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Baystate's Robotic Surgical Simulator (RoSS) Lends a Guiding Hand to Novice Surgeons

by Sharon J. Glazer, MPH, Editor, Academics@Baystate newsletter | July 01, 2011
 

Baystate Medical Center Simulation Center's newly acquired Robotic Surgical Simulator (RoSS) is a training system that uses virtual reality to closely approximate the look and feel of the da Vinci surgical robot. It teaches the body position, hand articulation, foot movement and coordination, and robotic field visualization required to perform robot-assisted surgery. Dr. Neal Seymour, Director, Baystate Simulation Center and Surgical Skills Lab, says it doesn't teach all the skills needed to operate the complex robot, but, "It's amazing how much like using the da Vinci console it is!"

Dr. Seshadri on RoSS Robotic Surgical Simulator

Dr. Ramanathan Seshadri Demonstrating the RoSS


Baystate's newly acquired Robotic Surgical Simulator (RoSS) is a training system that uses virtual reality to closely approximate the look and feel of the da Vinci surgical robot. It teaches the body position, hand articulation, foot movement and coordination, and robotic field visualization required to perform robot-assisted surgery. Dr. Neal Seymour, Director, Baystate Simulation Center and Surgical Skills Lab, says it doesn't teach all the skills needed to operate the complex robot, but, "It's amazing how much like using the da Vinci console it is!"


Baystate Medical Center Has the Only RoSS in New England

"It puts BMC at the top in New England for surgery residents. Only a handful of residencies allow residents to participate in robotic surgery."

—Ramanathan Seshadri, MD
Surgery Chief Resident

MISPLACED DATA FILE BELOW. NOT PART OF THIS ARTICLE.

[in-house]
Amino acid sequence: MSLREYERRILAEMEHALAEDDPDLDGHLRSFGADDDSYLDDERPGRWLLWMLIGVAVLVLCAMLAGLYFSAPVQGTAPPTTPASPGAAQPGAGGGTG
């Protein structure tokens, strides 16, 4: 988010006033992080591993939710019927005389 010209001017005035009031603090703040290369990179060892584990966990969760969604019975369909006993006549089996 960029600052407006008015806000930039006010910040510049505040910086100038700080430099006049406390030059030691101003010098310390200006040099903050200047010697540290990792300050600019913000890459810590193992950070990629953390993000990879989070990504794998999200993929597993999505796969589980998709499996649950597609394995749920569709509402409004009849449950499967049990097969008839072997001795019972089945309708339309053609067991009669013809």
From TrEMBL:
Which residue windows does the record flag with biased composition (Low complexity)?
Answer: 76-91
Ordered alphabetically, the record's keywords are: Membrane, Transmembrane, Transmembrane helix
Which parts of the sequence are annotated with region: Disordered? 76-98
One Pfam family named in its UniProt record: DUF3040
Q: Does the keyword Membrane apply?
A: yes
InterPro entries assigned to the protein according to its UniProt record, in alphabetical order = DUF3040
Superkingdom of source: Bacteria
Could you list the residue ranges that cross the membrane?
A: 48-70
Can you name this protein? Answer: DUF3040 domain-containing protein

Dr. Ramanathan Seshadri, Surgery Chief Resident, who has trained on the RoSS, feels that it will be a "huge differentiator" for Baystate's residency programs. "And it will give Baystate residents considering fellowships involving robotic surgery a leg up on their competition," adds Dr. Seymour.


RoSS Training Provides Solution to Educational Need

There is a growing need to train physicians to do robot-assisted surgery. RoSS comes with a Basic Skills module that teaches skills such as tissue cutting and fourth arm manipulation, and a Basic Orientation module that develops competence in synchronous camera and arm movement, and proficient use of dominant and non- dominant hands. It also has a metrics tool that evaluates performance so that surgeons can track their progress.


RoSS Robotic Surgical Simulator

View of Surgical Procedure Through the RoSS Stereo Display

Image: Simulated Surgical Systems. Link to video on YouTube

Surgical Procedures modules using Hands-on Surgical Training (HoST) software immerse the trainee in a virtual surgical scenario based on a real case performed by a master surgeon.


HoST guides the trainee through complex motions by giving performance feedback in the form of tactile sensations. The software operates like a checklist, only advancing to the next step when the current step is done correctly.


"We are very excited about getting people onto this device," Seymour says. "Our urology attendings will use it first, then our ob-gyn and general surgery residents."


Baystate Will Play Key Role in Validating RoSS Training

Baystate was able to procure the tenth RoSS manufactured through collaboration with RoSS developers, the Center for Robotic Surgery at Roswell Park Cancer Institute in Buffalo, NY and the University of Buffalo's School of Engineering and Applied Sciences. Because of the Baystate Simulation Center's reputation for making major contributions in the field of virtual reality devices and hybrid computer-driven simulators, RoSS developers approached Dr. Seymour to coordinate a multicenter study to validate its use.


Seymour helped develop a protocol for evaluating the simulator's curricula, explaining, "We're sorting out things like: What task difficulty is most appropriate for the learner? How long are they permitted to train in a single session? What does good performance mean? And is it a reflection of something you would predict would be valuable when the trainee goes to the operating room?"


Baystate has one of the most advanced labs in in the U.S. in terms of inventory of equipment and training capabilities, according to Dr. Seymour, who says, "The American College of Surgeons Education Institute Consortium has identified us as a destination to see for institutions interested in developing a simulation center." And he sees participation in studies like this as a way to ensure that Baystate is "future-proof" when it comes to release of the next generation of machines.

This article was published in the July 2011 Academics@Baystate newsletter.

 
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